In recent years, many more thousands of species have been added to the CITES appendices for trade restrictions. Of all the nearly 40,000 species listed for CITES trade restriction, only about 1,000 have the tightest of trade restrictions, supposedly banning them from all commercial trade. Yet the businesses who profit from this trade don’t have transparent supply chains. The markets who push for constant growth have shown no desire to put their foot on the brakes, and the investors who provide capital to help business grow have shown no interest in cleaning up the trade.
In theory, at least, even the World Trade Organisation’s rules say additional checks and regulations are permitted in cases where trade could negatively affect the environment. While the WTO primarily acts as a regulatory framework to facilitate international trade, it formally accepts that exceptions to free trade rules are very important in environment related issues.
In 2015, CITES and the WTO produced a joint statement agreeing that that the well-being of economies, habitats, and societies are inextricably linked. And what has been the impact on reducing the legal trade of endangered species as a result of these WTO agreements and assertions? No impact at all.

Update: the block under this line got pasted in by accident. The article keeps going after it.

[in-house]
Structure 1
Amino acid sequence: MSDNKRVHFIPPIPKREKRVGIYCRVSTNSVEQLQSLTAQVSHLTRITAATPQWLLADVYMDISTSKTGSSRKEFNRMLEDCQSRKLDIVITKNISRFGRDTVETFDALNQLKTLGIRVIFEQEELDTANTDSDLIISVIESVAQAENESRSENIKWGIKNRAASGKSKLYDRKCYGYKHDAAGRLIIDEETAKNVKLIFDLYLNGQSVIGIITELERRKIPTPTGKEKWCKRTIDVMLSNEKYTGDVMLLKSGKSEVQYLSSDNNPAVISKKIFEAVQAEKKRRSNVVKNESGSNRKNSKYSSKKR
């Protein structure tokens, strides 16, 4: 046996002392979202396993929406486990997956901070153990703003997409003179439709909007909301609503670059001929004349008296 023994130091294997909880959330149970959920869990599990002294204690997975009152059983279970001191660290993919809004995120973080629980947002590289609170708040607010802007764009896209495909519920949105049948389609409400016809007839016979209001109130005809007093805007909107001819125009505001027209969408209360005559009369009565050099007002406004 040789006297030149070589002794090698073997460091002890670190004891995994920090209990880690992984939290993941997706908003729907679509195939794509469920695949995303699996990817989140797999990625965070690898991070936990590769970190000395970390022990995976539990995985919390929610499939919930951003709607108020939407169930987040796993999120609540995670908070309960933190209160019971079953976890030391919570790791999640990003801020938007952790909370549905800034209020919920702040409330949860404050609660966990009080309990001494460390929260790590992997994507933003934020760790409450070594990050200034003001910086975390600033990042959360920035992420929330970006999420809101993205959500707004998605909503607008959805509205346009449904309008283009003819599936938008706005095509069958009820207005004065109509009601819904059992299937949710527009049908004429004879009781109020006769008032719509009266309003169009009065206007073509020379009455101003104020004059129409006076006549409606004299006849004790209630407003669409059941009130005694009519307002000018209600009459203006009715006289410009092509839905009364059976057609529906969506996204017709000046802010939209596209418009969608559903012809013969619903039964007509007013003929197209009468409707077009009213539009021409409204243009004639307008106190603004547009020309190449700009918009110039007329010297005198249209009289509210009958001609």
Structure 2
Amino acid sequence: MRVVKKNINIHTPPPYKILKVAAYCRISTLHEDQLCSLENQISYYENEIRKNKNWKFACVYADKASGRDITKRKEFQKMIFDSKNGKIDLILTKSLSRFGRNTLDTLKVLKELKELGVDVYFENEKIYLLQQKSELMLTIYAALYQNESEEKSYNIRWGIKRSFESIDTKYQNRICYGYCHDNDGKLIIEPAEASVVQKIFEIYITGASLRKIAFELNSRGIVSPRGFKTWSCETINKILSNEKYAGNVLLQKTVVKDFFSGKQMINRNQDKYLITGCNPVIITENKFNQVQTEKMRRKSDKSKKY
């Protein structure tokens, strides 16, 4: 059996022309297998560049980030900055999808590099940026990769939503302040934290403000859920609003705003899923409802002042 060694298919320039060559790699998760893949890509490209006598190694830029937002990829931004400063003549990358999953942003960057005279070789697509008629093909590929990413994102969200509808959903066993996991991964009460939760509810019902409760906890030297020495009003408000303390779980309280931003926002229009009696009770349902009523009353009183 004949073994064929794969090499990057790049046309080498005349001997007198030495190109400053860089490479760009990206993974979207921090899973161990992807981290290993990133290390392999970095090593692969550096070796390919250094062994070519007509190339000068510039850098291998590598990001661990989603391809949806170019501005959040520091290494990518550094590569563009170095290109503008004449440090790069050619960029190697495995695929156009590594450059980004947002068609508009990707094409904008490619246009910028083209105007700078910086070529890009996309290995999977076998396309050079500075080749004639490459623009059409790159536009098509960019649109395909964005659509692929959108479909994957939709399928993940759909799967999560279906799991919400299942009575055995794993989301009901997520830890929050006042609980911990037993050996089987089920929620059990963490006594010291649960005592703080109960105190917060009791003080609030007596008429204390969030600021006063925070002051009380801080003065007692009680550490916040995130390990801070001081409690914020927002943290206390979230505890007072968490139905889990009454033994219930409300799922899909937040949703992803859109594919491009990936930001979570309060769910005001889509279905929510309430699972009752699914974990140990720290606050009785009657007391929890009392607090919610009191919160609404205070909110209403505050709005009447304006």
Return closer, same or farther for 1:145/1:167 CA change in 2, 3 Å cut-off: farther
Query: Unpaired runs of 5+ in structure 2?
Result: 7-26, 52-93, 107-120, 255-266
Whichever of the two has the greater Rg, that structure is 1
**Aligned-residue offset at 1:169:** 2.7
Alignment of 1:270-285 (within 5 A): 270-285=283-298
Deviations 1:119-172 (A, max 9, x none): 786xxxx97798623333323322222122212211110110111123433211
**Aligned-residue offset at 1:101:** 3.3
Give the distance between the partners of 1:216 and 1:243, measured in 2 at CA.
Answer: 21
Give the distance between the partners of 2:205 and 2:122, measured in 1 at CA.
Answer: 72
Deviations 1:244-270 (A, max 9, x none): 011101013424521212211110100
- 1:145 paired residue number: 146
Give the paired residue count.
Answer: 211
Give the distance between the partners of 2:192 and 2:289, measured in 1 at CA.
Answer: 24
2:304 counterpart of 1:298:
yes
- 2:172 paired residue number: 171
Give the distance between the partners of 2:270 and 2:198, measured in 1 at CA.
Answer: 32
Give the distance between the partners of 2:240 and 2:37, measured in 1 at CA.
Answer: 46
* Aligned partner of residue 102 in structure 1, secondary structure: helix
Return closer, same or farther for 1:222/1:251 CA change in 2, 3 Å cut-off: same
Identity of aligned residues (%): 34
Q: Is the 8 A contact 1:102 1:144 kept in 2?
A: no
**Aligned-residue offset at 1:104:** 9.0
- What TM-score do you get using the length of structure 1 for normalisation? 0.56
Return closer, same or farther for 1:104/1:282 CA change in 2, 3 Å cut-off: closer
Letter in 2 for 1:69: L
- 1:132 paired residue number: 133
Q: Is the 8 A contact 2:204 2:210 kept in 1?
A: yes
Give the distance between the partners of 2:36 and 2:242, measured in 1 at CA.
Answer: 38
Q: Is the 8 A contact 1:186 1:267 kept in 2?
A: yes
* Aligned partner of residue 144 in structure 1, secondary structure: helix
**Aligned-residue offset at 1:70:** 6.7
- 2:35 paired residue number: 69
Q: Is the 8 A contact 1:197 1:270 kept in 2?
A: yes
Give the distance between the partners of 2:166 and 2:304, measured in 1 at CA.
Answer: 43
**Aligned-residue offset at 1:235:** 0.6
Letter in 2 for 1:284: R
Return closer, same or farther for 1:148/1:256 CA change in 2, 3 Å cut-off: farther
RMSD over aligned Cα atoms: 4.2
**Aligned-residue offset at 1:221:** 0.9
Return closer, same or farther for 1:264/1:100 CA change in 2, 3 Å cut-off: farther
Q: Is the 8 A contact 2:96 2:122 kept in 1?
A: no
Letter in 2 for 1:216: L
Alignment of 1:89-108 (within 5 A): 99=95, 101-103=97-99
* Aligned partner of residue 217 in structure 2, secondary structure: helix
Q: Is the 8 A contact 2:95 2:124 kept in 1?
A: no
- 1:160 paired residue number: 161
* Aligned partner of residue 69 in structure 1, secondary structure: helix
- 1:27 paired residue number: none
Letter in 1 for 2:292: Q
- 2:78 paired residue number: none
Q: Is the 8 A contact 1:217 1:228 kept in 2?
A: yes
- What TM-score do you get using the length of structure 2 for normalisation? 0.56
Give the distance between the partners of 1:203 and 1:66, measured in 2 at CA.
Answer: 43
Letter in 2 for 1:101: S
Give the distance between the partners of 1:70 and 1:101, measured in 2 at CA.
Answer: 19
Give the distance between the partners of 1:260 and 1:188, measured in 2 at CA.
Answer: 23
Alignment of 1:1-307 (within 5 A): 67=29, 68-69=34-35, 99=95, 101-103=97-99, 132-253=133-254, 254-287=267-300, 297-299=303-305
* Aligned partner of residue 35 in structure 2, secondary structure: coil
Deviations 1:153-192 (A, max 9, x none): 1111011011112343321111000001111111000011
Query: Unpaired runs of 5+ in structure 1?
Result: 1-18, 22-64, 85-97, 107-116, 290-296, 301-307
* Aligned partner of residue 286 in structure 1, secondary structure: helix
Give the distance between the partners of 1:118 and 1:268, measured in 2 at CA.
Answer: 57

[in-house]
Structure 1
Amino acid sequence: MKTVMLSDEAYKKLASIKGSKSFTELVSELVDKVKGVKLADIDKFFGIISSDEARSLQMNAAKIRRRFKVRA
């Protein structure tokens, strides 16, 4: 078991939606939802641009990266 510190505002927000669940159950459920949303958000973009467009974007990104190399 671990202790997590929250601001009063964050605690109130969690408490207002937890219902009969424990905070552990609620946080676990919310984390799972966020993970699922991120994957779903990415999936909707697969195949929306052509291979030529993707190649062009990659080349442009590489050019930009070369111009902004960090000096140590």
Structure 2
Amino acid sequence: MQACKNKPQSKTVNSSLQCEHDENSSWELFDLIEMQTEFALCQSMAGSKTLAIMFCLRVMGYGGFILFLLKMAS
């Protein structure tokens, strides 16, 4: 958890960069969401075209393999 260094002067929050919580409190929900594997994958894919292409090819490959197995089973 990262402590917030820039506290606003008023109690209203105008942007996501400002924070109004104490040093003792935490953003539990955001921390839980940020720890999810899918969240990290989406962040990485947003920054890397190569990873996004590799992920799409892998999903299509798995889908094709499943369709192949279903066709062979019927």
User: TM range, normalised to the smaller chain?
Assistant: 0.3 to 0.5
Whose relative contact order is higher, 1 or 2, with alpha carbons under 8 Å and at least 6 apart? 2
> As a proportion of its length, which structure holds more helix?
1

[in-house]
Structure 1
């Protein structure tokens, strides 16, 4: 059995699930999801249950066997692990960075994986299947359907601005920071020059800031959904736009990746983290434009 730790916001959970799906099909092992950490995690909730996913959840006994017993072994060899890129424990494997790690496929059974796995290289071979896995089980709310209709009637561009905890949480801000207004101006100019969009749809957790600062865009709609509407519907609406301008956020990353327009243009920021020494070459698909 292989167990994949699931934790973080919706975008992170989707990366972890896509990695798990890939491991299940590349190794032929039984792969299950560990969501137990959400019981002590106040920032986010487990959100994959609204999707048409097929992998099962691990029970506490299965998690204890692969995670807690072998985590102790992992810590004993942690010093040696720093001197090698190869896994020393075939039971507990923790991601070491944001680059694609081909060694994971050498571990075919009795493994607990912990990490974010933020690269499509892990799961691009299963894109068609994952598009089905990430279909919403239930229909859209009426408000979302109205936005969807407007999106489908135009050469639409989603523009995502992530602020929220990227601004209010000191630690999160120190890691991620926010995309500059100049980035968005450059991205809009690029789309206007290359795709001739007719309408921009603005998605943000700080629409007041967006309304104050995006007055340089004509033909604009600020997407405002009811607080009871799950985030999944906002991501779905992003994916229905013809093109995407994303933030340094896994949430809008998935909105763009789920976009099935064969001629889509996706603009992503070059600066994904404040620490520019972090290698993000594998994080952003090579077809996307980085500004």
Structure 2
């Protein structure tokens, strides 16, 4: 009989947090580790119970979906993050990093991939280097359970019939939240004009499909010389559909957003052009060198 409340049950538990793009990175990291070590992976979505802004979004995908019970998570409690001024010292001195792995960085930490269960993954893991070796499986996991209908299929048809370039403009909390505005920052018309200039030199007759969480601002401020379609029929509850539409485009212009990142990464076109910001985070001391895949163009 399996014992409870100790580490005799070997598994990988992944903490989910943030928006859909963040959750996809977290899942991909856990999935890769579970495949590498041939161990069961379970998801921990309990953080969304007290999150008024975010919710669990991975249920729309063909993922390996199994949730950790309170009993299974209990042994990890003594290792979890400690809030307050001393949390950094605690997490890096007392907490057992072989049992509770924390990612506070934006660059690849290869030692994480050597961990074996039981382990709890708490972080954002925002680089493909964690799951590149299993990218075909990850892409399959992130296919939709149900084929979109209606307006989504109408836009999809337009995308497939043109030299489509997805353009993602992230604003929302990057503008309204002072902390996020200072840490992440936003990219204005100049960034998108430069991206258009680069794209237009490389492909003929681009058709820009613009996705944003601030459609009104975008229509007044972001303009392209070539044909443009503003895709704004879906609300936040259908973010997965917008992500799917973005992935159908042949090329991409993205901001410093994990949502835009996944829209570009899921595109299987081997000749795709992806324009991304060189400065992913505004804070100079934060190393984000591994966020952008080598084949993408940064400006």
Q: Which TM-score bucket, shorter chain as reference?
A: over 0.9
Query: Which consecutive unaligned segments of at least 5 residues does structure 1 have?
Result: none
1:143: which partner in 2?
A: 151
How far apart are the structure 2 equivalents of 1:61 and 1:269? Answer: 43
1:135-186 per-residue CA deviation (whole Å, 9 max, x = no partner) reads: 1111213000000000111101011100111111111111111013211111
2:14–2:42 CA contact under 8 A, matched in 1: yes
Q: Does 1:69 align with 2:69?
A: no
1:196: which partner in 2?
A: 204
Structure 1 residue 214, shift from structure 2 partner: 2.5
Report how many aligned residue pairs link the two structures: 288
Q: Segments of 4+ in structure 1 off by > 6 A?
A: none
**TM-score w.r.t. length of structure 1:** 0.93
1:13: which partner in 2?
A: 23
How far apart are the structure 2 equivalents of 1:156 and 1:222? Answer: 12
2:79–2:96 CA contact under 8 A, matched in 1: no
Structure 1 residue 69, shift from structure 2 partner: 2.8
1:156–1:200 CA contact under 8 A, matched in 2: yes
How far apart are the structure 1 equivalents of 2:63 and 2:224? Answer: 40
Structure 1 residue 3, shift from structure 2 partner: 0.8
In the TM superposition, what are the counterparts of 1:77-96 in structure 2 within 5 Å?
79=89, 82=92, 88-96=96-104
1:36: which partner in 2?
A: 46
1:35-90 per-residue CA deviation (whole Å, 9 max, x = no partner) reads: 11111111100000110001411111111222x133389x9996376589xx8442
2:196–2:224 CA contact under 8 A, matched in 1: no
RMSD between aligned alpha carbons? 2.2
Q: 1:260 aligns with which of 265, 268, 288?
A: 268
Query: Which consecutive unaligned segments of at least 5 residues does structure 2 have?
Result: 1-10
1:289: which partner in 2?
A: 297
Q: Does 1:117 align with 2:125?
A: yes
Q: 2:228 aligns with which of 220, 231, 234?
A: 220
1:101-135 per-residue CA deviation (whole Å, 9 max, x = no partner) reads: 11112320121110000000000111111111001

It is time to call it as it is, the extinction crisis is a result of business, industries, markets and investors, as is the industrial scale of wildlife crime. They have all profited from driving up the desire for products and services whose raw materials are the worlds most endangered species. They have made minimal investments in procurement management, governance and supply chain transparency.
What these stakeholders are pledging now, with their discussions of such things as a ‘Great Reset’, is nothing more than using a voluntary governance framework which has already been in place since 1997, and which hasn’t worked. There is no accountability here.
With all the talk of sustainability, there is no real transparency yet. And sustainability without transparency is just an ideology not a strategy.